Malaysiakini News

Report: Project owner shocked by ECRL's cancellation

Published:  |  Modified:

Prime Minister Dr Mahathir Mohamad's announcement that the East Coast Rail Link (ECRL) project would be cancelled came as a shock to top officials of project owner Malaysia Rail Link (MRL), The Star reported today.

This is because MRL officials had been involved in ongoing discussions with the Council of Eminent Persons and the Transport and Finance Ministries regarding ways to lower the project’s construction costs.

"The MRL has paid more than RM10 billion to the main contractor, the China Communications and Constructions Company (CCCC), and there is a claim of RM9 billion for work done.

"So it will be quite a waste because the figure to compensate them is quite high," an MRL source was quoted as saying.

The report said that some ECRL workers have yet to receive any instructions on the project status from the top management.

"Right now, we don't know what the actual status of the project is.

"We are still waiting for an announcement from the top management," said a senior construction worker who declined to be named.

Another construction worker was reported as saying that the ECRL project was staffed mainly by locals, with workers from China filling up only 18 to 20 percent of the staff.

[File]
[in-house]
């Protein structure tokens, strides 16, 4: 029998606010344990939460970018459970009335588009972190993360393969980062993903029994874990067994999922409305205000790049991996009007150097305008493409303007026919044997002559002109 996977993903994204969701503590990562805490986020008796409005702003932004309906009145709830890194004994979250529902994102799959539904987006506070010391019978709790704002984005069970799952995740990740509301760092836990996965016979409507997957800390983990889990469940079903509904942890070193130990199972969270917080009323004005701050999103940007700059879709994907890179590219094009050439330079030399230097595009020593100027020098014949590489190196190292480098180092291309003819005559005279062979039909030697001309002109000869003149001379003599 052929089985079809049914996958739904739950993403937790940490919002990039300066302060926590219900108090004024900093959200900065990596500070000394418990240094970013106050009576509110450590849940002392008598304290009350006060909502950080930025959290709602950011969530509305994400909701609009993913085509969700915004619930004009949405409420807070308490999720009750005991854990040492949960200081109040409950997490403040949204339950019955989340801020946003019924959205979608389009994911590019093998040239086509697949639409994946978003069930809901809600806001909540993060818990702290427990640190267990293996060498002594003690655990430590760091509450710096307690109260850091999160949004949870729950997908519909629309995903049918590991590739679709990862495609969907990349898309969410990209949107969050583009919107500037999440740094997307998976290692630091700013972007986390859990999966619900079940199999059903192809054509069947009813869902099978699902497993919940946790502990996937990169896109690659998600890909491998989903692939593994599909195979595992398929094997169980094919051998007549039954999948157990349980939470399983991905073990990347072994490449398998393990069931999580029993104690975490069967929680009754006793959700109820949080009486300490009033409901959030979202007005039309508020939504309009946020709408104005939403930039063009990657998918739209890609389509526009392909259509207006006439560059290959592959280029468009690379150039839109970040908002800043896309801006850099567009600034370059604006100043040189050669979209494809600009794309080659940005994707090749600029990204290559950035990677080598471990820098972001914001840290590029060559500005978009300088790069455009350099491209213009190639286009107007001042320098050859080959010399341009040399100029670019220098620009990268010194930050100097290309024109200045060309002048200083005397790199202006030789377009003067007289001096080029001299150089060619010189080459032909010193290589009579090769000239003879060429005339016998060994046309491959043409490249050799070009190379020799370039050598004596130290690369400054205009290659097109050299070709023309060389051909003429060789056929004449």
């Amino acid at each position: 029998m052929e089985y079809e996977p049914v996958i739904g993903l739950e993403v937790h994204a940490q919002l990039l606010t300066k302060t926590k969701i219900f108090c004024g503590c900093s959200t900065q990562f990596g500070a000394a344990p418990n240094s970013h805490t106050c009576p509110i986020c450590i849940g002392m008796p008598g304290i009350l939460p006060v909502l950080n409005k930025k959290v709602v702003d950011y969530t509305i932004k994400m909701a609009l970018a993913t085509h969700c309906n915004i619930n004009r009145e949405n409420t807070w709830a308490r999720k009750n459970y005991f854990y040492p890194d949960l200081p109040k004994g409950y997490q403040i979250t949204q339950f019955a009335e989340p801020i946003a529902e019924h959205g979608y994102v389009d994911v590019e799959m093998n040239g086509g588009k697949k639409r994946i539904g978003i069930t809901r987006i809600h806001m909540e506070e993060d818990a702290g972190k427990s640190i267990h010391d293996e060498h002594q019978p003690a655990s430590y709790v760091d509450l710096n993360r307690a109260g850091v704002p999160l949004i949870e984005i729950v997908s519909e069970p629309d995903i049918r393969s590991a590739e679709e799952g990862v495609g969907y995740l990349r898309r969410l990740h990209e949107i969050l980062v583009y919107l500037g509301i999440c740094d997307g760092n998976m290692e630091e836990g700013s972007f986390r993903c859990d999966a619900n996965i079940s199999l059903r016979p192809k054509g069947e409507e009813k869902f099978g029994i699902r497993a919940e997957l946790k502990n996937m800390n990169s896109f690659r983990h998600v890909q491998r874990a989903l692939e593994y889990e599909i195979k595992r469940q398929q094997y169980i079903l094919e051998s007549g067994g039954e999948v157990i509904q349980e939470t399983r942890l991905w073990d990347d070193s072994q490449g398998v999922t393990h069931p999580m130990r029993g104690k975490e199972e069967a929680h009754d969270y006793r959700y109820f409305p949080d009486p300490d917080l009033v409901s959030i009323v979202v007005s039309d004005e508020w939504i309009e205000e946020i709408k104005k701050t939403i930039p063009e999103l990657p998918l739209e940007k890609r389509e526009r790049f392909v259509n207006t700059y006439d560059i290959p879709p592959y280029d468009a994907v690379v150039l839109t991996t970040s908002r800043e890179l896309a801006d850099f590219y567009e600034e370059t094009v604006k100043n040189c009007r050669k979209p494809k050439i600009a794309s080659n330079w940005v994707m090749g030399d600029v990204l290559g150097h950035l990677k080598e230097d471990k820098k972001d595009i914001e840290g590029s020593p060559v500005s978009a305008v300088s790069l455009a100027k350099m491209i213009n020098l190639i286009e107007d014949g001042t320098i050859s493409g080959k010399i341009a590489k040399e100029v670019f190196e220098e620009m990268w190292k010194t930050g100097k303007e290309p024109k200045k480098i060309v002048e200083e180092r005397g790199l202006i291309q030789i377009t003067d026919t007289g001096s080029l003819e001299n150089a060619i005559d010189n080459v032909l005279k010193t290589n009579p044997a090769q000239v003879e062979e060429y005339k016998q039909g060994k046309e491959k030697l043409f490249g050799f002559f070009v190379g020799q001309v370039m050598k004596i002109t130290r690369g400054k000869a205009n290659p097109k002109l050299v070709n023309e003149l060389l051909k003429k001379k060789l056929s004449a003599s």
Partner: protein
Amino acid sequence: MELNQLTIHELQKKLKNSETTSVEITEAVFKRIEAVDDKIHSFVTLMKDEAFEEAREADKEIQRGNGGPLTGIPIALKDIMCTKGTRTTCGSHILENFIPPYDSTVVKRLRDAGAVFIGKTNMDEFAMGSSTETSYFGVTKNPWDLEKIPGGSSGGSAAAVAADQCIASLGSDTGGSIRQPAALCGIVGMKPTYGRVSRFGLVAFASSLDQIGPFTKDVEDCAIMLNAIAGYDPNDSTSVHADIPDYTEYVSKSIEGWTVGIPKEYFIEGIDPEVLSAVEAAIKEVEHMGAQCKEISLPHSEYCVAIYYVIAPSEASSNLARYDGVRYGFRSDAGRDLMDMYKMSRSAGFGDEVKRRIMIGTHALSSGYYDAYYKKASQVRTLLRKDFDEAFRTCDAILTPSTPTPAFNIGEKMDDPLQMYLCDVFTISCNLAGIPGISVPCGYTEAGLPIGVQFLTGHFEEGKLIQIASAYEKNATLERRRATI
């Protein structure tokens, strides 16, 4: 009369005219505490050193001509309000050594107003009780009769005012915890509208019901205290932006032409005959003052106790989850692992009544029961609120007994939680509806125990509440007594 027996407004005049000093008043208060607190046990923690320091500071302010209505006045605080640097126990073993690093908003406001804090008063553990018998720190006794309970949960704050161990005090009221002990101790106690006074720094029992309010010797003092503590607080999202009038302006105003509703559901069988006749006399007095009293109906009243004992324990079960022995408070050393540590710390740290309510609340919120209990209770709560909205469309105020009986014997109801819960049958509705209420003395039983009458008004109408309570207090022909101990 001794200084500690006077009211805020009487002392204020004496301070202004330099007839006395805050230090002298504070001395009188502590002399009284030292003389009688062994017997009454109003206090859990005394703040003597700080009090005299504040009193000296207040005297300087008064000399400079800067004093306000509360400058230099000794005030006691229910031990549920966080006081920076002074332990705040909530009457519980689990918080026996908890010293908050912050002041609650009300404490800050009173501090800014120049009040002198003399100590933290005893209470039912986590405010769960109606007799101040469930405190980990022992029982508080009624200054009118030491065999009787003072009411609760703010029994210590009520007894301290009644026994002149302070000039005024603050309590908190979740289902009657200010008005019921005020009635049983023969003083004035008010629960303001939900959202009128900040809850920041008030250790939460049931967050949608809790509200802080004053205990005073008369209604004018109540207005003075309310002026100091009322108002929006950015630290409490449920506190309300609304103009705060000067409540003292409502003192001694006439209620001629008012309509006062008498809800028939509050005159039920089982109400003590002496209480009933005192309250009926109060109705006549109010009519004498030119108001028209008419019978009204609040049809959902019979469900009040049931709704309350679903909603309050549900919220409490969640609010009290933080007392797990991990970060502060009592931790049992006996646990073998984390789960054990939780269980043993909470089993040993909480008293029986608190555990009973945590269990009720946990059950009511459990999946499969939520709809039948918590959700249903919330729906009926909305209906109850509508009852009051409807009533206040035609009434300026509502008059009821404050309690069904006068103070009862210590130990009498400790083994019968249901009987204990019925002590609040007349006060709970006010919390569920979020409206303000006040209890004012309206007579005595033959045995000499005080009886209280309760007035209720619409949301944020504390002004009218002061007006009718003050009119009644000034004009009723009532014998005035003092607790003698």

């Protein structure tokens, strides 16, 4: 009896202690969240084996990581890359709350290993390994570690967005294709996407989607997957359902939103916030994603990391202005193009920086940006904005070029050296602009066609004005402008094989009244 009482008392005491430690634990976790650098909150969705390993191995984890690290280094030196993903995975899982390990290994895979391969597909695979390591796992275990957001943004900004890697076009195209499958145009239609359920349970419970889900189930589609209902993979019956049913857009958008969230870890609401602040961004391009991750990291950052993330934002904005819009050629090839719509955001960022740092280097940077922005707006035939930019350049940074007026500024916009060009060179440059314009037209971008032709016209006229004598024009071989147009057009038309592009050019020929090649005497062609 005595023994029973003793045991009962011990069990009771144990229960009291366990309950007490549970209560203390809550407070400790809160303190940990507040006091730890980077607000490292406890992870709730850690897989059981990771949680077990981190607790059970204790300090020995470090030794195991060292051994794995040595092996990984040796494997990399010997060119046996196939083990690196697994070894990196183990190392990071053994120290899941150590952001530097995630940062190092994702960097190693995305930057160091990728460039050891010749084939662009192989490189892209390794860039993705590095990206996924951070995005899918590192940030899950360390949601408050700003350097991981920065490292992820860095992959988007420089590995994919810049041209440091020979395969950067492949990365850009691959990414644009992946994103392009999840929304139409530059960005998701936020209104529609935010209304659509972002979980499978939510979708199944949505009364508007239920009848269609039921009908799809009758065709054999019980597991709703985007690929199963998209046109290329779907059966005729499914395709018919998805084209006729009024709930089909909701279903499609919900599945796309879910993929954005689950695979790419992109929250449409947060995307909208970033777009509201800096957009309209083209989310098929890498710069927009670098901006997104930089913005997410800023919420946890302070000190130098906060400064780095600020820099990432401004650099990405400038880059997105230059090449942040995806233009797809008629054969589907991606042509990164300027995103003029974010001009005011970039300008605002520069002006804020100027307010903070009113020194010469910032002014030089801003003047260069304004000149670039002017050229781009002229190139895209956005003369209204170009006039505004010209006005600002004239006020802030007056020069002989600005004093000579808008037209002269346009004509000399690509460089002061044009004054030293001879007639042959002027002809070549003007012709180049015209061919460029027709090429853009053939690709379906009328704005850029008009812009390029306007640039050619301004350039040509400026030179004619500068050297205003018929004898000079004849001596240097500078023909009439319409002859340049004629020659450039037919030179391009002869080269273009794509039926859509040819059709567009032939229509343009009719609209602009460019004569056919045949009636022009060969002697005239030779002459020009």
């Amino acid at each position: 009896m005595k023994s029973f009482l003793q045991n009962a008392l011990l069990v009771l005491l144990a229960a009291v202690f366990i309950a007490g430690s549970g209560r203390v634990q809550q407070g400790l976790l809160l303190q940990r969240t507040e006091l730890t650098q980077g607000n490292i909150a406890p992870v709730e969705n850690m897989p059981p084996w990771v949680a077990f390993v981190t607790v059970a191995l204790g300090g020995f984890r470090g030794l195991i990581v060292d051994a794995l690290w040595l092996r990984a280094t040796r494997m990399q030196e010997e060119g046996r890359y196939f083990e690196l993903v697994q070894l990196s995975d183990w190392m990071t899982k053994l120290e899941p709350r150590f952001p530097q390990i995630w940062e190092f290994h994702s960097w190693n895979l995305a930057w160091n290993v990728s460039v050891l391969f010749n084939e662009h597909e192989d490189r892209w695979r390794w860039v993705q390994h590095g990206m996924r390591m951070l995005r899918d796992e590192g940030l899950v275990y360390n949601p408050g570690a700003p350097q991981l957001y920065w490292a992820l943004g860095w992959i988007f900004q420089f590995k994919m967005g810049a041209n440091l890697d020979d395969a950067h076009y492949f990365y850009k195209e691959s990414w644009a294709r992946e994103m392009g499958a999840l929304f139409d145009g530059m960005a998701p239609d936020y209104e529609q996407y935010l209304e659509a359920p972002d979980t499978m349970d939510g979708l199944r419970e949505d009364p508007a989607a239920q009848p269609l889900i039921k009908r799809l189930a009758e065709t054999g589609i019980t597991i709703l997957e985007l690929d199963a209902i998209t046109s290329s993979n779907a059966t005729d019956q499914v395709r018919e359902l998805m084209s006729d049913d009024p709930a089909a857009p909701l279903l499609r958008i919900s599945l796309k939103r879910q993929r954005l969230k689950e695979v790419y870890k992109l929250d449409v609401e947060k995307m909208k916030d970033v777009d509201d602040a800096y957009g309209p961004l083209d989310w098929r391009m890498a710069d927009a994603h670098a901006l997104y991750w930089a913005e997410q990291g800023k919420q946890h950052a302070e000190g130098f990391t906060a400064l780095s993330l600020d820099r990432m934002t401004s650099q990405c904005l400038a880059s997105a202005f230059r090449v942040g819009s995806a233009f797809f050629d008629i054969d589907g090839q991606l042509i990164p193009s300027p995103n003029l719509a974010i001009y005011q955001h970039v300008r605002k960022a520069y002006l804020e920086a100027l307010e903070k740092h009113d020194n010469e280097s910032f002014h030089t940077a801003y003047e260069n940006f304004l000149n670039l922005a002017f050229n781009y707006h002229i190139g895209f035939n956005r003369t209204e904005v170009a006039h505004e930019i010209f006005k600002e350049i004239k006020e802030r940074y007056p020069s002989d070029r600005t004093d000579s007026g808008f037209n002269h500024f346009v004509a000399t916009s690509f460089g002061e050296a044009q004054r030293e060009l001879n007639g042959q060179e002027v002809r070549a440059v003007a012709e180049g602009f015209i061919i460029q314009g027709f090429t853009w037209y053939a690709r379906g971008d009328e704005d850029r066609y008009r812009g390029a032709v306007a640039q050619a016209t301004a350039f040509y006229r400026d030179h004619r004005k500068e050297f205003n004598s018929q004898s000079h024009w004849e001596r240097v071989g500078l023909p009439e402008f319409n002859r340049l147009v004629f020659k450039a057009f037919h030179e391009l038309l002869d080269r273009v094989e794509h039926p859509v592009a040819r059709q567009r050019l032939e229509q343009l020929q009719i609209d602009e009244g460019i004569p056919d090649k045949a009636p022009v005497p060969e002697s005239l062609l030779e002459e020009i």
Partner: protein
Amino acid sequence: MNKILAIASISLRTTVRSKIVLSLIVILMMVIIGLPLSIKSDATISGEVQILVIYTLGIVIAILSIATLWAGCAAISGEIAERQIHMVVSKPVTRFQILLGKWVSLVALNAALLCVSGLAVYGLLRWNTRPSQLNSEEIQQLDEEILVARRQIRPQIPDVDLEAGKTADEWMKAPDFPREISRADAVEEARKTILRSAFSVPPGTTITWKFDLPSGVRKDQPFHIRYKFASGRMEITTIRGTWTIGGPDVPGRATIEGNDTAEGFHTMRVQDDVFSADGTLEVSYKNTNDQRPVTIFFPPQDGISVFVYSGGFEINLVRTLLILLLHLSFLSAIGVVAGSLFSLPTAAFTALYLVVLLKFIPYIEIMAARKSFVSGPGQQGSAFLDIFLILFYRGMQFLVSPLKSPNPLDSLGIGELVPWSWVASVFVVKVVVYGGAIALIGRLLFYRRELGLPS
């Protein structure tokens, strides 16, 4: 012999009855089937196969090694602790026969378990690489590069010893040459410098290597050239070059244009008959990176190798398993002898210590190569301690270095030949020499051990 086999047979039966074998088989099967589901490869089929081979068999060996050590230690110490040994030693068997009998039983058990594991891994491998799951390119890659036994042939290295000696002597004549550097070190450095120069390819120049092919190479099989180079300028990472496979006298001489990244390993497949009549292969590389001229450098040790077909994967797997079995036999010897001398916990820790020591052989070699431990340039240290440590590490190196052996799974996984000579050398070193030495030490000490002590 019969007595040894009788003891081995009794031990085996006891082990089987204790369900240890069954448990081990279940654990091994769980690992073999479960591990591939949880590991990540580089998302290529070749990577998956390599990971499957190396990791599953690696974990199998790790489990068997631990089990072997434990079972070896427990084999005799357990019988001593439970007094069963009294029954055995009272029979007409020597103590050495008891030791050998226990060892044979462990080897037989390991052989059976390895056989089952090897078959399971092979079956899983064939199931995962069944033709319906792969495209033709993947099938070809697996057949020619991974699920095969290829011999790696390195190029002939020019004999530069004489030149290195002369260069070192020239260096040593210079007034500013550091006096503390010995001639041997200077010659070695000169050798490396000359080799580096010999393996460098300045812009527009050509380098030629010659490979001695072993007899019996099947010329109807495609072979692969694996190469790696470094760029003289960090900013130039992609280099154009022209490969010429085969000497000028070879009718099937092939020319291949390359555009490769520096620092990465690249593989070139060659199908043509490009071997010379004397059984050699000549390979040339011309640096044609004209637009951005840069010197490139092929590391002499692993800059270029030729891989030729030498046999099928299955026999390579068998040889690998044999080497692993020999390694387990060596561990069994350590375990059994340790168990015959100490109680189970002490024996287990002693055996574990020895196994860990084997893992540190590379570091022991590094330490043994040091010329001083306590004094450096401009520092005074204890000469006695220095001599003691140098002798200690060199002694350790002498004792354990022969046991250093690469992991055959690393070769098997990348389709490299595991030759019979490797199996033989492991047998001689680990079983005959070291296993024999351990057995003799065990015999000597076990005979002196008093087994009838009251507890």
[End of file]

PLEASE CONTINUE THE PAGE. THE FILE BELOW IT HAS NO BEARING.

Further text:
Yesterday, Mahathir had announced that the ECRL and two China-backed gas pipelines projects are to be cancelled, attributing the steep compensation for the three projects to the previous administration's "historic stupidity."

The 688-km project, which was launched a year ago, has apparently yet to see any work done in some areas.

The Kuantan site, where former prime minister Najib Abdul Razak performed the groundbreaking ceremony, reportedly remains an empty piece of land.

A security guard there told The Star that no actual construction on the rail had been done since the ceremony, and there were no workers even at the site.

Though he was surprised by Mahathir's announcement of the project cancellation, he reportedly said there was no construction that needed to be stopped at the site.

"There was never any railway construction here, so there is nothing to stop," he was quoted as saying.

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